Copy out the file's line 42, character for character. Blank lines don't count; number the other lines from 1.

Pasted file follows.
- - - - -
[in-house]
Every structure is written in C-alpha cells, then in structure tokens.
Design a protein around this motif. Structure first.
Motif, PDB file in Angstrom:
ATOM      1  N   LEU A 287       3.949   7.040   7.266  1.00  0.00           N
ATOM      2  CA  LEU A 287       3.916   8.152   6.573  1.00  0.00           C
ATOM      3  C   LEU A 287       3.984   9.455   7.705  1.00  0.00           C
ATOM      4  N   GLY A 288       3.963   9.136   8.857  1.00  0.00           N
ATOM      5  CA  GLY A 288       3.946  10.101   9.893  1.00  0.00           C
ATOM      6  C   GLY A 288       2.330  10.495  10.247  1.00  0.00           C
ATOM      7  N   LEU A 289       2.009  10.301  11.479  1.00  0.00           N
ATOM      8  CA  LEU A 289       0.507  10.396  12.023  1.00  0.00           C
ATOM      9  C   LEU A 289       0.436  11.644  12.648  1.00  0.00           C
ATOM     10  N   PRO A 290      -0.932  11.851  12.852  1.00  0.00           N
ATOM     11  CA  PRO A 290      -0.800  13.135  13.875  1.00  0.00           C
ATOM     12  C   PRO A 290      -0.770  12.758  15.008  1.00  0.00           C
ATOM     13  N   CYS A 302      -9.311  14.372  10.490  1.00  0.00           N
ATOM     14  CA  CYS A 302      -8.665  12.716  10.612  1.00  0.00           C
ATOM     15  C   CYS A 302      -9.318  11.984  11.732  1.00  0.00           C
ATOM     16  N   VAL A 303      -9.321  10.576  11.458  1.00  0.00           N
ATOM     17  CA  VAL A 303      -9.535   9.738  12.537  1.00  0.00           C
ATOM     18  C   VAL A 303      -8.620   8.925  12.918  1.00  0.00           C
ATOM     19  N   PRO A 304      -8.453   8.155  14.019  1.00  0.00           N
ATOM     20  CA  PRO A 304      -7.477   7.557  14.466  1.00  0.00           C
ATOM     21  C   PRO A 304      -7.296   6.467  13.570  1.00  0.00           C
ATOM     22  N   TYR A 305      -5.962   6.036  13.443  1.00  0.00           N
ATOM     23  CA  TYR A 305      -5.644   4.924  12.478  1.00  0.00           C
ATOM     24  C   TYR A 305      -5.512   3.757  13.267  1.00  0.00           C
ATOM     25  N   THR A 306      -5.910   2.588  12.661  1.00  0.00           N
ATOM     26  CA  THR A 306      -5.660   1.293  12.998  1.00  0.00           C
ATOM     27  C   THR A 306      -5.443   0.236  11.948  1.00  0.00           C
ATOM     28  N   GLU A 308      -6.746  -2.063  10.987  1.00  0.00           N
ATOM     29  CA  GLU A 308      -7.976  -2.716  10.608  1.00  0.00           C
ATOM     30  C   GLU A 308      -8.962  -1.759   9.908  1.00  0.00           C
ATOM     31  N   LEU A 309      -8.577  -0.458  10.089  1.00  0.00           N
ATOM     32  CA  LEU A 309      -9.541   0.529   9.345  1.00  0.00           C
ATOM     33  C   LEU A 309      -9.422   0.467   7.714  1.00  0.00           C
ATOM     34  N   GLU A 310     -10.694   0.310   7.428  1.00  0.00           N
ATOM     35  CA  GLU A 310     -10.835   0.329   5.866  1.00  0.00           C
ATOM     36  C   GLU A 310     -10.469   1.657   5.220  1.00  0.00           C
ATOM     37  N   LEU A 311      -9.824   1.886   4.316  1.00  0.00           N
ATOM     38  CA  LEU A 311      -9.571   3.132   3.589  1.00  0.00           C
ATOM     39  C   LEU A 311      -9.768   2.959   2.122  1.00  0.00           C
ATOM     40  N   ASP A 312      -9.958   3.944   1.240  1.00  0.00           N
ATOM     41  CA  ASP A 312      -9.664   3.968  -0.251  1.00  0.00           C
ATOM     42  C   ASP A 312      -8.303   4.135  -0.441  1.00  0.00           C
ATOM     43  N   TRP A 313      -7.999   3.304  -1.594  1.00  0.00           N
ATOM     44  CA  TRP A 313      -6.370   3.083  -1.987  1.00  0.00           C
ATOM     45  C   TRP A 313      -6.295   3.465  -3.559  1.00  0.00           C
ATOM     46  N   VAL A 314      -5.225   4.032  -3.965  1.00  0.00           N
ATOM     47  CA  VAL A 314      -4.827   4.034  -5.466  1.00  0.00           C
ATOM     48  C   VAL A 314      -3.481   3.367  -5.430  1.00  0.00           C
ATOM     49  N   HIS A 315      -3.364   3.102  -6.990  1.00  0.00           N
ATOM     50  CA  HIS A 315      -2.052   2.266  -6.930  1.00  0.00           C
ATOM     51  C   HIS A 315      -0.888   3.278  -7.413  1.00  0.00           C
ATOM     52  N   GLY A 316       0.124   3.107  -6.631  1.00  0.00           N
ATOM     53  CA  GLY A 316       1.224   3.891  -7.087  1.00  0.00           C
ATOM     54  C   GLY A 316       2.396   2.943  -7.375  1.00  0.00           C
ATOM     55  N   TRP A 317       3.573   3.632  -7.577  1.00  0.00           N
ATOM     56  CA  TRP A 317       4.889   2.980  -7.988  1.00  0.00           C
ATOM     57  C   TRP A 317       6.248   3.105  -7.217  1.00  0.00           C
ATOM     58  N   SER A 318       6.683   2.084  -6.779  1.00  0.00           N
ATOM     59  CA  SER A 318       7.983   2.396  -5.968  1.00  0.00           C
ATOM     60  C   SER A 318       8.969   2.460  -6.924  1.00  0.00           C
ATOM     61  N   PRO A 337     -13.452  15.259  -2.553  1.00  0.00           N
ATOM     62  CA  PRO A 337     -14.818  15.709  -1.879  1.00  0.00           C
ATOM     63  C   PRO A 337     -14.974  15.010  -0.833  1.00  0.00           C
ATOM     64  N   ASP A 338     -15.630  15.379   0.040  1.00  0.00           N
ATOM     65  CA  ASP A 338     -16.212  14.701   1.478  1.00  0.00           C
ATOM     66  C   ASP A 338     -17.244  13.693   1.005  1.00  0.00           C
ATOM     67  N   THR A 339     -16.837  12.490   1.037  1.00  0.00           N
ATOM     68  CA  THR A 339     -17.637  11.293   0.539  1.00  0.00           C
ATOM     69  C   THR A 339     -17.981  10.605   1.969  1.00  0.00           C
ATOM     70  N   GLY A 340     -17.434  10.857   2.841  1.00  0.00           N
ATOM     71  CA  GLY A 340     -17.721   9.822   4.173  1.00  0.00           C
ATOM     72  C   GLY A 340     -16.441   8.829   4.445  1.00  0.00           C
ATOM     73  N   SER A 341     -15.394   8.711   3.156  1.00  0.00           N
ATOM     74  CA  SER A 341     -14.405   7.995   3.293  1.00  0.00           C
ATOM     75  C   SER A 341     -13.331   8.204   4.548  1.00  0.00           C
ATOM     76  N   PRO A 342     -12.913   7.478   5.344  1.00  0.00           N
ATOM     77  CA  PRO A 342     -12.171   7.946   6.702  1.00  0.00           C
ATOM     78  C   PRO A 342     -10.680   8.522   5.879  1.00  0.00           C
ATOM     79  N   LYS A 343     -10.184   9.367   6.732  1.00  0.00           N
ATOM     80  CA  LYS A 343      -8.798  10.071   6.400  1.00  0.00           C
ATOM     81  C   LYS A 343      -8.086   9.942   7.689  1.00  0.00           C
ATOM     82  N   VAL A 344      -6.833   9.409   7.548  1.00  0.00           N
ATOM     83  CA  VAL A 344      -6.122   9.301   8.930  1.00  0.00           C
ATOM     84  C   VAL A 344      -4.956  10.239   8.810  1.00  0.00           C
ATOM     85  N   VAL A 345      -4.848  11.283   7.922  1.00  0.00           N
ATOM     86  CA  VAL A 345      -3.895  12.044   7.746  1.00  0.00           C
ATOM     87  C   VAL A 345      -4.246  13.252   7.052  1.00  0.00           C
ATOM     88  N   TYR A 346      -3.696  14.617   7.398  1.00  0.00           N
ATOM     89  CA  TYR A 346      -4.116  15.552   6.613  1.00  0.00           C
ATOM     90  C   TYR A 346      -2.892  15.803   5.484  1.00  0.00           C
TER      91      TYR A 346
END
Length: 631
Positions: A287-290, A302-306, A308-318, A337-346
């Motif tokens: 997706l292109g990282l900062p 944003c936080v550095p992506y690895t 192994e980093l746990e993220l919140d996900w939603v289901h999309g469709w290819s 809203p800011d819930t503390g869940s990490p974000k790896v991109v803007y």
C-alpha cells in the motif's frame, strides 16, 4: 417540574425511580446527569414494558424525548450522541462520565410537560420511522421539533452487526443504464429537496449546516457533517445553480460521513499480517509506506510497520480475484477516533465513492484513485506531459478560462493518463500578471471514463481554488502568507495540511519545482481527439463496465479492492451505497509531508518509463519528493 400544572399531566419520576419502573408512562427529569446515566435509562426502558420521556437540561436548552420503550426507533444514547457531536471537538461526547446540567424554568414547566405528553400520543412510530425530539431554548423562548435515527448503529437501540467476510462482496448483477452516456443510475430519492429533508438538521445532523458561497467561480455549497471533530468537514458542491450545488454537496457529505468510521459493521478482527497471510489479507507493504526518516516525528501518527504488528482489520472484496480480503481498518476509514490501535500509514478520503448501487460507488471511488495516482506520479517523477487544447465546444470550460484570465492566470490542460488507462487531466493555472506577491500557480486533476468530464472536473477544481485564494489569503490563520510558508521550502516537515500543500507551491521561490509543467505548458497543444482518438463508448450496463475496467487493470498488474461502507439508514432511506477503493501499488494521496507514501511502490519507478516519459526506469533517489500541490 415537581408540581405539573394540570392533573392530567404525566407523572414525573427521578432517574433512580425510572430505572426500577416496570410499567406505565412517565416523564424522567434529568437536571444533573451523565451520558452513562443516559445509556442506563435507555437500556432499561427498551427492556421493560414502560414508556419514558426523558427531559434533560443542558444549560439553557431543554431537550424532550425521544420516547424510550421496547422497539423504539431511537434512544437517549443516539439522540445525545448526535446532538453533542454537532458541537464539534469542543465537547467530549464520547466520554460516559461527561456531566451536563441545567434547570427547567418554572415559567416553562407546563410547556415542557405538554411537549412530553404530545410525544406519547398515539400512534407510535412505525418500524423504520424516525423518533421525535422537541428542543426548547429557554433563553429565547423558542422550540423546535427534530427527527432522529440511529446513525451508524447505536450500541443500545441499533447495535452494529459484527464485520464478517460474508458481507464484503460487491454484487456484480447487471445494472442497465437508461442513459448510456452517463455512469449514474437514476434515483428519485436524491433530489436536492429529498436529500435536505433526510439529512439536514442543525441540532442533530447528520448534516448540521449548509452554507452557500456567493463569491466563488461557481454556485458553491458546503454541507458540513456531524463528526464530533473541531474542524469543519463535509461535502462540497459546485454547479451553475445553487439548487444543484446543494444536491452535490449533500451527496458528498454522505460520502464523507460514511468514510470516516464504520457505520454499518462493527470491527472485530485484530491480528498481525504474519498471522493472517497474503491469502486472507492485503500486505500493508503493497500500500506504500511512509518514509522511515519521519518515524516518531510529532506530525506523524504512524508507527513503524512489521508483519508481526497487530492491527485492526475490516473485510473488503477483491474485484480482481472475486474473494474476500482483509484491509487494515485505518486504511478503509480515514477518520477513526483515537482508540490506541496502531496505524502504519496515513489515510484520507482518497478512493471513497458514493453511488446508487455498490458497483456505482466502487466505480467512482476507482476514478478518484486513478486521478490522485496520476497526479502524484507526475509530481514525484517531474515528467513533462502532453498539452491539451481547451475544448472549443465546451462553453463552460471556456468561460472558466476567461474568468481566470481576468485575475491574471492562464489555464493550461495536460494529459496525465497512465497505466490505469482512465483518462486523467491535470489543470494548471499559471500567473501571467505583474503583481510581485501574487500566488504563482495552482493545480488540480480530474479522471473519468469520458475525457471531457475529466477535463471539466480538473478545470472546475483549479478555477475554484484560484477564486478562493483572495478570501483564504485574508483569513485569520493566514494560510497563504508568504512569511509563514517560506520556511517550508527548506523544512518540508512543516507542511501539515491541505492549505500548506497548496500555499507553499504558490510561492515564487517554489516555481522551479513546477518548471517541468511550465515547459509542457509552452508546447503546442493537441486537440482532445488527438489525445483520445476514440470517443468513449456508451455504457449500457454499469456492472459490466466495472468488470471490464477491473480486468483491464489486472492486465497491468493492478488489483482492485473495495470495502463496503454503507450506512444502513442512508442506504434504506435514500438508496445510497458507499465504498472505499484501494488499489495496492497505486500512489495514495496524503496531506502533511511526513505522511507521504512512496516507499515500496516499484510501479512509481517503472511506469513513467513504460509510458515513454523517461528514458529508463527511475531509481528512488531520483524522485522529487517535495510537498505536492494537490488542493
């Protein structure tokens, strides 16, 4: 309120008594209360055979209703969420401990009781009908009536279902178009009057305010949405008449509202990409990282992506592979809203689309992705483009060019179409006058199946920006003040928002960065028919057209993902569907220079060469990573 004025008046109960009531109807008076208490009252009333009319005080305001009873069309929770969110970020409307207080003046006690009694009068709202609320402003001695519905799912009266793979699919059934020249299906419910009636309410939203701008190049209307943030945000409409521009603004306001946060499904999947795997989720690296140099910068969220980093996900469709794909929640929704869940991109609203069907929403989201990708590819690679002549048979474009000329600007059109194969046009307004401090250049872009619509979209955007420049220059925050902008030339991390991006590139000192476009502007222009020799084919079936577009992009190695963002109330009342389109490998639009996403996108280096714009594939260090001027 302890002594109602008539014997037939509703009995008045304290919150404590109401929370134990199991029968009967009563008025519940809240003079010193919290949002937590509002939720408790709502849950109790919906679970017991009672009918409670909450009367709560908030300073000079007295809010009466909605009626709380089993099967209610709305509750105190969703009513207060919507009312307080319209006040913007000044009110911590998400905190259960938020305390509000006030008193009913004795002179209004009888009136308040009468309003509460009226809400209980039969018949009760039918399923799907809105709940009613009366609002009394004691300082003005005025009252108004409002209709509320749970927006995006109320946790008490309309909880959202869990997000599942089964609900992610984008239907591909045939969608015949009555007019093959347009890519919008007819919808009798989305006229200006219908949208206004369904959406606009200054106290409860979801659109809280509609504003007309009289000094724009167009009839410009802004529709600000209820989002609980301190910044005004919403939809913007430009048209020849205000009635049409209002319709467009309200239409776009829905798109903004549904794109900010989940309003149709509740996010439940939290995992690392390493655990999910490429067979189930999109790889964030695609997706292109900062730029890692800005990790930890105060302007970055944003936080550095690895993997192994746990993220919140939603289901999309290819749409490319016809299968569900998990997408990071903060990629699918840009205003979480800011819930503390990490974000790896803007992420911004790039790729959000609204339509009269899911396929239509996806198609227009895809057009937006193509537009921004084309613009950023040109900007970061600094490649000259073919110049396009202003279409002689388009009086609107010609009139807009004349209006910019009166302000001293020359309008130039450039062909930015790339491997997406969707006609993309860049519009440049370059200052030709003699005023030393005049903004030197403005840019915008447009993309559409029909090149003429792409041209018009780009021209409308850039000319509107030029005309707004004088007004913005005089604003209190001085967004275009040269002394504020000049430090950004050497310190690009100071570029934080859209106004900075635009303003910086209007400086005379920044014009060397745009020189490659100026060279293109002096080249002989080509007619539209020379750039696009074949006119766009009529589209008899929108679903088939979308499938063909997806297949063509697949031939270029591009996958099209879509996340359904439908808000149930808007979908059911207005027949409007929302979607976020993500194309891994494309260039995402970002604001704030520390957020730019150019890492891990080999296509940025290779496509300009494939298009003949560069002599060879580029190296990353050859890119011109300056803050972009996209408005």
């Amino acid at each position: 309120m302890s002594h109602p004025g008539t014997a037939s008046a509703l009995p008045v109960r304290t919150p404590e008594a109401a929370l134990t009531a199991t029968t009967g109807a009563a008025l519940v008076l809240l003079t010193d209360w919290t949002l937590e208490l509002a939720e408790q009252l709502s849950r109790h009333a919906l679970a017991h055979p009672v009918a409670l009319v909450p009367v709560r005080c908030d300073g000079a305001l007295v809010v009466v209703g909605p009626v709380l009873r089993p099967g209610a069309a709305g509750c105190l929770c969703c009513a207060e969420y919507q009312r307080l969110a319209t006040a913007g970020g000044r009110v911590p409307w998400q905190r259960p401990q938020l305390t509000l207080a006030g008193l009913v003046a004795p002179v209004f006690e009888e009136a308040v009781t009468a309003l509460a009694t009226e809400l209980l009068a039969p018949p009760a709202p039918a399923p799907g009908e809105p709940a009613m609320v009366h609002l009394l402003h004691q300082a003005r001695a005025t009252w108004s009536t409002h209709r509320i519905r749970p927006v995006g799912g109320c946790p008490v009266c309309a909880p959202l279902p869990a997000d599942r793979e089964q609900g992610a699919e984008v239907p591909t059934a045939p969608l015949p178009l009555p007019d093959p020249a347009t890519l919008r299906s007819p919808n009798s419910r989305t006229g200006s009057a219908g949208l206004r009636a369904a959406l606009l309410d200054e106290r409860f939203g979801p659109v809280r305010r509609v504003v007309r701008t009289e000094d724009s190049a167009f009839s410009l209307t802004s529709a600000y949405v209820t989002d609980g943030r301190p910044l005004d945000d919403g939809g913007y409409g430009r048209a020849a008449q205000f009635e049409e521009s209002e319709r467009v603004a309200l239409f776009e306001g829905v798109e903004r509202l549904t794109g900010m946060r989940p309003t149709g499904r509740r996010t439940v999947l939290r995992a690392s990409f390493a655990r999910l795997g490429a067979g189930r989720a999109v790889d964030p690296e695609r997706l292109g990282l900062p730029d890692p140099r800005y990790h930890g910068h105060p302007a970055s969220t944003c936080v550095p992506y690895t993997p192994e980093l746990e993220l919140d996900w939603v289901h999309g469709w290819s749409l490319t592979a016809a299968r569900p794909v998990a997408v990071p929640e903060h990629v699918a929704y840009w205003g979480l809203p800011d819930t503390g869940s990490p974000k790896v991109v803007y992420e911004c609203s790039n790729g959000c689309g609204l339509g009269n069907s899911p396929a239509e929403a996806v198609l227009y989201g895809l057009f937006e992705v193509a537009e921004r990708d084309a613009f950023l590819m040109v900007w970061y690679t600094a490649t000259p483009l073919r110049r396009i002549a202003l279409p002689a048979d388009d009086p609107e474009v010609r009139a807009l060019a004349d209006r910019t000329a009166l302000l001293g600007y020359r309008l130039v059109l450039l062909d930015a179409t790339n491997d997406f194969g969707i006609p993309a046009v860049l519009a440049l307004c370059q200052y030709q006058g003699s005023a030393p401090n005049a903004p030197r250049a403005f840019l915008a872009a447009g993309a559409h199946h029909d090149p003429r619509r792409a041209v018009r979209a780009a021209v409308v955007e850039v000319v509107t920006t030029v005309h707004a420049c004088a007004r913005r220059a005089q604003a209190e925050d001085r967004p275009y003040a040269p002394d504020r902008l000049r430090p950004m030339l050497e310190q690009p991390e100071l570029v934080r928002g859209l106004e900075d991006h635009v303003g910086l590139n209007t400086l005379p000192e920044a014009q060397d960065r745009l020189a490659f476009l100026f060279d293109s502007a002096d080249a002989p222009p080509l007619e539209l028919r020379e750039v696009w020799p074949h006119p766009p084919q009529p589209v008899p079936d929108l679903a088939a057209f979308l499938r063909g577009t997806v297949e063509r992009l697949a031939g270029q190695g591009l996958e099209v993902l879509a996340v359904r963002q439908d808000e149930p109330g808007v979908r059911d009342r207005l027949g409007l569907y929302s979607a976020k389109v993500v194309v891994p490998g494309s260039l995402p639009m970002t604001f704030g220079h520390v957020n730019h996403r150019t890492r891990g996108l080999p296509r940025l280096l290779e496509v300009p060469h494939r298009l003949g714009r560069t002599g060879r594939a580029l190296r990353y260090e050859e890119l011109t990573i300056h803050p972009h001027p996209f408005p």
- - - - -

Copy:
ATOM     38  CA  LEU A 311      -9.571   3.132   3.589  1.00  0.00           C